GABORONE – CHRISTIANS in Botswana welcomed the government’s closure of the church owned by charismatic Malawian self-styled prophet Shepherd Bushiri for making so-called miracle money.
The Enlightened Christian Gathering (ECG) run by the extravagant leader had besides violating the laws incurred the wrath of other Christian movements with its overindulgence.
Minister of Labour and Home Affairs, Edwin Batshu, announced the church closure after it allegedly defied government orders to stop its miracle money controversy.
Citizens hailed the move in the modest country of over two million people, 70 percent of them Christians.
“At least, the government is getting rid of bad apples among us purporting to be churches of Jesus Christ yet it is for self-enrichment,” said Ontse Gaolaolwe, a member of one of the oldest churches in Botswana.
Dirang Motlhabankwe said the performing of miracle money was in contrast to Jesus’ teachings.
“Even old prophets in the Old Testament never performed miracle money, so, why these emerging churches performing fun miracles? Jesus urged the world to give what belonged to Gaius Julius Caesar (money) and give to God what belongs to Jehovah,” Motlhabankwe said.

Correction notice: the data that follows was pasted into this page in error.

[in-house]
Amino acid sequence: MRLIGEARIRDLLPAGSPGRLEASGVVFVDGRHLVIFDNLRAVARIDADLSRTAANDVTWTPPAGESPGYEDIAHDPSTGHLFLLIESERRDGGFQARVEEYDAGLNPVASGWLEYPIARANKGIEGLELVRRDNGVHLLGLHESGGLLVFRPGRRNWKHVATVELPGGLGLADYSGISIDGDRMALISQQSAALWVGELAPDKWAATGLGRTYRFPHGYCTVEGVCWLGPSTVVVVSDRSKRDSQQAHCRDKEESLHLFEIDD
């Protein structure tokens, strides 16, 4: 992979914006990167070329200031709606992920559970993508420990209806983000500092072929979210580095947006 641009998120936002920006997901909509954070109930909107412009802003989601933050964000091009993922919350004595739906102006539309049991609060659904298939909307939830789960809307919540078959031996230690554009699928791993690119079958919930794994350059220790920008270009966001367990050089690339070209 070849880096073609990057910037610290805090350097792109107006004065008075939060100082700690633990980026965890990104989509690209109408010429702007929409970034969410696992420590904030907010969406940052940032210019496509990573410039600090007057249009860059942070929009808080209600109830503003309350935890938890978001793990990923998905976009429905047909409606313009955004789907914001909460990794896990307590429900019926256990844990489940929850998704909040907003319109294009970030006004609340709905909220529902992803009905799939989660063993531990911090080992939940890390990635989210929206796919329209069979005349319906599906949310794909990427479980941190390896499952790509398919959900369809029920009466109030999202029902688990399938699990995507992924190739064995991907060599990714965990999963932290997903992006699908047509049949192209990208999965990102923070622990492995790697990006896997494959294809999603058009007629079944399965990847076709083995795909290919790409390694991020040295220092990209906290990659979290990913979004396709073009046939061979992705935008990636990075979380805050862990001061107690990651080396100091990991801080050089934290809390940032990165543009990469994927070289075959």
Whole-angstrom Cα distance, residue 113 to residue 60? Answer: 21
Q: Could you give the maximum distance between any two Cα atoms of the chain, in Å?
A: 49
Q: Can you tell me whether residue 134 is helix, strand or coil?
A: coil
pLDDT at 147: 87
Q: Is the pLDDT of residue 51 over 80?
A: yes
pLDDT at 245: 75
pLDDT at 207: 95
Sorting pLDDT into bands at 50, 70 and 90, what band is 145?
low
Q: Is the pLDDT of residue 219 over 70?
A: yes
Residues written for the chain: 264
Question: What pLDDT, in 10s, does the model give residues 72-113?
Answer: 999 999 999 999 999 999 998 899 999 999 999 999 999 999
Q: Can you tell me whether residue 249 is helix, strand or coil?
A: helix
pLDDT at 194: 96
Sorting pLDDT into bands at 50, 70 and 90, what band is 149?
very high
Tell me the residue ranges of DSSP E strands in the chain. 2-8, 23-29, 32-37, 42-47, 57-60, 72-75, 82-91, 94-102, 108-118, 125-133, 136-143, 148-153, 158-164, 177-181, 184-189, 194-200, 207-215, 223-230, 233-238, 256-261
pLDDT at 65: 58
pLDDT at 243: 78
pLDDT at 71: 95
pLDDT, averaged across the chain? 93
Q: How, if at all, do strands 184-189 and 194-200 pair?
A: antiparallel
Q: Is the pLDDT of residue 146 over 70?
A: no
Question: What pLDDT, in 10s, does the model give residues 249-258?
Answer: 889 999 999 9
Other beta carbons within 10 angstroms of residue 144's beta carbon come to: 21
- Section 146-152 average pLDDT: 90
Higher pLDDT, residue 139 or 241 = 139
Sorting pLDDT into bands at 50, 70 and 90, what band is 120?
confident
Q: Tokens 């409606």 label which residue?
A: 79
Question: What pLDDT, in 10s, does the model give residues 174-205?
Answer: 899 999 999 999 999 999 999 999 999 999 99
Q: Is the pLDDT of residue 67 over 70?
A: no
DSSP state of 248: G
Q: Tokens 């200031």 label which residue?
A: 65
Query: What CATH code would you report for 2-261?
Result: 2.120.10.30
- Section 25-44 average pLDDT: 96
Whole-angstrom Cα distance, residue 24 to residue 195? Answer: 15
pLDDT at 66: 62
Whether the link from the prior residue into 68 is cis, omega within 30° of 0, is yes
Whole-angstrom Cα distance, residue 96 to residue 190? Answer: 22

Compatriot Mogogi Moloi, also condemned the trend.
“Jesus only performed miracles that edified the kingdom of heaven. What we see today is selfishness by these false prophets,” Moloi charged.
The government of President Ian Khama is believed to be monitoring such churches involved in performing “miracles.”
Most are accused of accumulating wealth at the expense of desperate congregants amid social and economic problems.
Bushiri recently courted controversy in South Africa, where his church is headquartered, when he splurged on a luxury car as a birthday gift for her four-year old daughter.
The Maserati Levante is valued at more than R1,65 million (US$1, 32 500).
– CAJ News